Players set for strike Aug. 30

Union, baseball owners seek new labor pact

Payroll tax proposal at issue

Bush says he'll be `furious' if stoppage happens

August 17, 2002|By Peter Schmuck | Peter Schmuck,SUN STAFF

The Major League Baseball Players Association has set an Aug. 30 strike date, putting pressure on the players and owners to reach a new labor agreement or risk the sport's ninth work stoppage since 1972.

Bargainers have just two weeks to avert a strike that could wipe out the final month of the regular season and - in the worst case - mirror the 1994 dispute that vexed fans and caused the cancellation of the World Series.

The decision to set the strike date was made yesterday in a conference call of union player representatives. The union's executive board approved the date 57-0.

The St. Louis Cardinals' game in Chicago against the Cubs on Aug. 30 would be the first affected. Fourteen games are scheduled for that night, including one between the Orioles and the Angels in Anaheim, Calif.

"It's frustrating for the players, it's frustrating for the owners. You get two highly competitive groups, and they both seem to see the rightness of their side," said Orioles Manager Mike Hargrove last night. "But the one good thing is, at least they're talking. ... I'm still very hopeful an agreement will be reached."

If players walk out Aug. 30 and the season is not completed, they would lose 16.9 percent of their base salaries. Texas shortstop Alex Rodriguez stands to lose the most, $3,557,377 of his $21 million salary this year. A player at the $200,000 minimum would lose about $33,880.

"It's ridiculous," Brian Orndoff, a 24-year-old locksmith, said at Camden Yards. "Most of the players make over $1 million a year. Schoolteachers make it on 30 grand. What do they have to complain about? If they get what they want, ticket prices will go up. I'm not paying to watch million-dollar crybabies."

The sport generated $3.5 billion in revenue last year, and the average salary rose to a record $2.38 million at the start of this season.

The union was expected to set the strike date Monday but postponed that decision after both sides reported progress in the negotiations and guarded optimism about a possible settlement this week. But that brief semblance of conciliation evaporated as the bargaining committees tackled ownership's proposed 50 percent luxury tax on excessive annual payroll.

The union thinks a heavy tax on high-spending teams would put a drag on the growth of player salaries. The owners say a payroll tax/revenue sharing system is needed to address the serious disparity between the large and small market clubs.

"Clearly, the luxury tax is a major obstacle that has to be resolved before we're going to get an agreement. I think an agreement can be reached," said union head Donald Fehr.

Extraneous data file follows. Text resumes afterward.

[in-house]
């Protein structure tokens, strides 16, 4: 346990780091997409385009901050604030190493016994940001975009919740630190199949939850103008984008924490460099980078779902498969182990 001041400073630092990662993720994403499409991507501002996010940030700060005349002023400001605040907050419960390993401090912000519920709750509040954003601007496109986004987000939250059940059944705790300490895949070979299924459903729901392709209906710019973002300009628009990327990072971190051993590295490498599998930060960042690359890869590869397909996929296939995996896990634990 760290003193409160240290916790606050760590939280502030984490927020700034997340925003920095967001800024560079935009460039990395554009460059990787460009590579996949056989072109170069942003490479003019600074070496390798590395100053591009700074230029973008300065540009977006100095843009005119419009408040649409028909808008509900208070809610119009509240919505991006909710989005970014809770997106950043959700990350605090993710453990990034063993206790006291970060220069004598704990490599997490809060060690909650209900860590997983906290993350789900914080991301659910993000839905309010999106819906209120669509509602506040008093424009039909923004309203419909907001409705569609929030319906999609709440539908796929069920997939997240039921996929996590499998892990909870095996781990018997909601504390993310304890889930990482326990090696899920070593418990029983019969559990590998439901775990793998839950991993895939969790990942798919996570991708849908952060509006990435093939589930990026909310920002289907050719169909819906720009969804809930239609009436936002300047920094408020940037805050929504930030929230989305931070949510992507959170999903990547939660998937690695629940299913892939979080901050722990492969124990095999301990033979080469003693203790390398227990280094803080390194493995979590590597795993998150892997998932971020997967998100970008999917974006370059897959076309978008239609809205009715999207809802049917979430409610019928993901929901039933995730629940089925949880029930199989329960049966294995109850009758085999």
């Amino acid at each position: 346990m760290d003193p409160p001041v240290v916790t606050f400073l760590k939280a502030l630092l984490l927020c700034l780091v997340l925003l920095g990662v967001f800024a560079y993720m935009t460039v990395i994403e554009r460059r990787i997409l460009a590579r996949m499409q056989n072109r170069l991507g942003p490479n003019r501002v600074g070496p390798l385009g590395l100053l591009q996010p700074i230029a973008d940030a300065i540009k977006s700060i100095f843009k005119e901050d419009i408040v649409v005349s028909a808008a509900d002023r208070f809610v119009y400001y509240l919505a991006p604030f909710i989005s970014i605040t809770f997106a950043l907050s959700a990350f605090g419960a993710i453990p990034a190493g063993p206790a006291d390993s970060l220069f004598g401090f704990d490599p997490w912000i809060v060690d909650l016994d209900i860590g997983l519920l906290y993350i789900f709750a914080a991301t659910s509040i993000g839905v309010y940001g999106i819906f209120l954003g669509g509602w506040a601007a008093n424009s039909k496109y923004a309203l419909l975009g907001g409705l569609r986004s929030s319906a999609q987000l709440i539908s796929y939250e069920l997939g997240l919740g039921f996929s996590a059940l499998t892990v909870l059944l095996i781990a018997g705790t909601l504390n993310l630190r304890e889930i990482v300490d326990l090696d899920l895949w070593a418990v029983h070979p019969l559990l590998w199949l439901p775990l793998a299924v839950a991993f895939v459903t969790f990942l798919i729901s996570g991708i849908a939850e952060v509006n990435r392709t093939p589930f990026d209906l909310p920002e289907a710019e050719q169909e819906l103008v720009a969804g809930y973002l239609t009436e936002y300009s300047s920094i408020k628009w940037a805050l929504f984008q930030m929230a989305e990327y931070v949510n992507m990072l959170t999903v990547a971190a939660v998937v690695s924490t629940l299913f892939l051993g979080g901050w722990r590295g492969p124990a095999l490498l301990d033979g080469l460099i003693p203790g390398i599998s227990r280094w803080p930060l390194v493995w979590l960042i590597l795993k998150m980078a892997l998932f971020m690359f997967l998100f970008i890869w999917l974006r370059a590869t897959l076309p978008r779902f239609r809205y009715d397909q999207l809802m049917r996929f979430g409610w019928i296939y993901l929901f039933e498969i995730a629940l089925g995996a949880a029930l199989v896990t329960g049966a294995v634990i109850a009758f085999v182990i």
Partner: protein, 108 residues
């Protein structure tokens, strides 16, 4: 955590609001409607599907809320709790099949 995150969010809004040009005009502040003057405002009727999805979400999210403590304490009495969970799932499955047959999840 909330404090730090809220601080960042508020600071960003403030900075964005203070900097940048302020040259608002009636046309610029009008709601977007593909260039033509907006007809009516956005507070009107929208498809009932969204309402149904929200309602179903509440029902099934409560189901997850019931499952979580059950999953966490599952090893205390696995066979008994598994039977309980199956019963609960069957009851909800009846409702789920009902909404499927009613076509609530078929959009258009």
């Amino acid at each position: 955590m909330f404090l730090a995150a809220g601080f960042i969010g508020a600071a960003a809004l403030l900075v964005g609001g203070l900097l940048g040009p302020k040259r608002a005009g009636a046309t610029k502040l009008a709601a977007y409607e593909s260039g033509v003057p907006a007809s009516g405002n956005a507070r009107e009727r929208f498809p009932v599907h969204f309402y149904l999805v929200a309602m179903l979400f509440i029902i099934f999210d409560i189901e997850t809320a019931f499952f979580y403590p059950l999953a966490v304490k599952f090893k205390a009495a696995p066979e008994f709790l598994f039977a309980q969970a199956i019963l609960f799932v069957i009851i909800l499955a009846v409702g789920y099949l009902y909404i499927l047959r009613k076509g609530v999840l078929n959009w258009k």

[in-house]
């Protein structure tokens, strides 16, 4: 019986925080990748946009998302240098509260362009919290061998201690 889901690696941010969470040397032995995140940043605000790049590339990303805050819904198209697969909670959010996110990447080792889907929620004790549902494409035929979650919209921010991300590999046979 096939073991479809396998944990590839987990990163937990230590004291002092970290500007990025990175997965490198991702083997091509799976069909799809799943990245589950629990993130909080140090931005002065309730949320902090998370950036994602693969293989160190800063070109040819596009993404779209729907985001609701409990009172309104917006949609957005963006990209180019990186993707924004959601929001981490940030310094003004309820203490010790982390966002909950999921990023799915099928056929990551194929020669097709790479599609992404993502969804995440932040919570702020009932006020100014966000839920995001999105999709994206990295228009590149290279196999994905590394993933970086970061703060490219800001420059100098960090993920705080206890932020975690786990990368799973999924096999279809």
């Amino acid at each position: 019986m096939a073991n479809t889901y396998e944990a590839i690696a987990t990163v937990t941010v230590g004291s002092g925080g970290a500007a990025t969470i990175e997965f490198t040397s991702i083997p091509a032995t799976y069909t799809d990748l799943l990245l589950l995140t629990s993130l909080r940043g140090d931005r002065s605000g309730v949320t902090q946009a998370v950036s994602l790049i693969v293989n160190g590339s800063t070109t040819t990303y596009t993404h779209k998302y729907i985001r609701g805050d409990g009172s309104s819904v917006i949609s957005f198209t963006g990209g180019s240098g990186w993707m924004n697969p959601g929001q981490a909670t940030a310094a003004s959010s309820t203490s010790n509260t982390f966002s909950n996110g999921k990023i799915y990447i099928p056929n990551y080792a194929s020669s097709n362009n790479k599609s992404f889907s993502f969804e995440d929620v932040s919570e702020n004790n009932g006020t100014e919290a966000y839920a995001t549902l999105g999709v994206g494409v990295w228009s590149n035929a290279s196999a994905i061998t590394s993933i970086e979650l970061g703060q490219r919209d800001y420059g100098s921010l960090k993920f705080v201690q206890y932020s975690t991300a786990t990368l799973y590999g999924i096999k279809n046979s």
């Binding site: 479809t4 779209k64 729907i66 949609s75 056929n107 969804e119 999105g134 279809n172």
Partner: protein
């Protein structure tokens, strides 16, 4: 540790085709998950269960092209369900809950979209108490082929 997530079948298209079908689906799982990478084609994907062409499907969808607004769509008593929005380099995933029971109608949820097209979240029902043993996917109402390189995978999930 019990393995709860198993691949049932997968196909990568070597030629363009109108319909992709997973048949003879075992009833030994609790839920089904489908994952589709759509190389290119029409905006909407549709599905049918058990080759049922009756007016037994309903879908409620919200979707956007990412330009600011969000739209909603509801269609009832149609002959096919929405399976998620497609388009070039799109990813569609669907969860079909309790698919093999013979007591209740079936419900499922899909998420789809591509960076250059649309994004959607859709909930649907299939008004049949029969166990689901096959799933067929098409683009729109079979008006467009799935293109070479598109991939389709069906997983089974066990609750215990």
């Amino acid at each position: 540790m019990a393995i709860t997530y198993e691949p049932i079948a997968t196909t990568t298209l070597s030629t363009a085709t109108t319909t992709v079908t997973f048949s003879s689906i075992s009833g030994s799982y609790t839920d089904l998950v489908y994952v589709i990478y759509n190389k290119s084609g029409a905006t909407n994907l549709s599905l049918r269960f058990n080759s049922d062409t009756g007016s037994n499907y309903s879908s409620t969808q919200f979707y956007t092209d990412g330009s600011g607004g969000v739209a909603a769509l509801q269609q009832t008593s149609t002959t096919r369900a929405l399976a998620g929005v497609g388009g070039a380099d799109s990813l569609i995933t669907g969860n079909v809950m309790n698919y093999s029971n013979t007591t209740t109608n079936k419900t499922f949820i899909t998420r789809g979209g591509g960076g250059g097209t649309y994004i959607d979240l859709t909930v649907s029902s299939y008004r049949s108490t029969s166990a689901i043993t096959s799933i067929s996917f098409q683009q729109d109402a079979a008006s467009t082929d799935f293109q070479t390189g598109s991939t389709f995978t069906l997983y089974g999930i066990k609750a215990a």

Orioles relief pitcher Buddy Groom said, "There's going to be more pressure to get things done because there are too many new stadiums and too much to be lost by some of the owners."

"We have to do what we've got to do," Chicago Cubs slugger Sammy Sosa said.

Baseball Commissioner Bud Selig made no immediate response.

Orioles owner Peter Angelos could not be reached for comment.

At his ranch in Crawford, Texas, President Bush let it be known he will be "furious" if baseball players carry out their threat to strike, sternly urging players and owners to resolve their differences.

"The baseball owners and the baseball players must understand that if there is a stoppage, a work stoppage, a lot of fans are going to be furious, and I'm one of them," Bush said.

The former Texas Rangers owner didn't say whether he will attempt to intervene in the bitter dispute between owners and players as President Bill Clinton tried to do after the World Series was canceled in 1994.

No one wants to repeat the 232-day work stoppage of 1994-1995, which damaged the credibility of both sides and cut deeply into the popularity of the national pastime. However, baseball ownership seems determined to adopt an economic system that slows salary growth and promotes balance.

Selig has spent the past two years trumpeting the game's growing economic crisis, which has persuaded owners to embark on a plan to eliminate two franchises. The owners' labor proposal seeks the luxury tax, greatly enhanced revenue sharing and a drug-testing plan to deal with the steroid controversy. Earlier this season, two recently retired Most Valuable Players, Jose Canseco and Ken Caminiti, alleged that steroid use had become commonplace among major-leaguers.

Progress had been made in the negotiations in the area of revenue sharing and drug testing, but the sides are far apart on the luxury tax, which would be imposed on every payroll dollar above a pre-set threshold.

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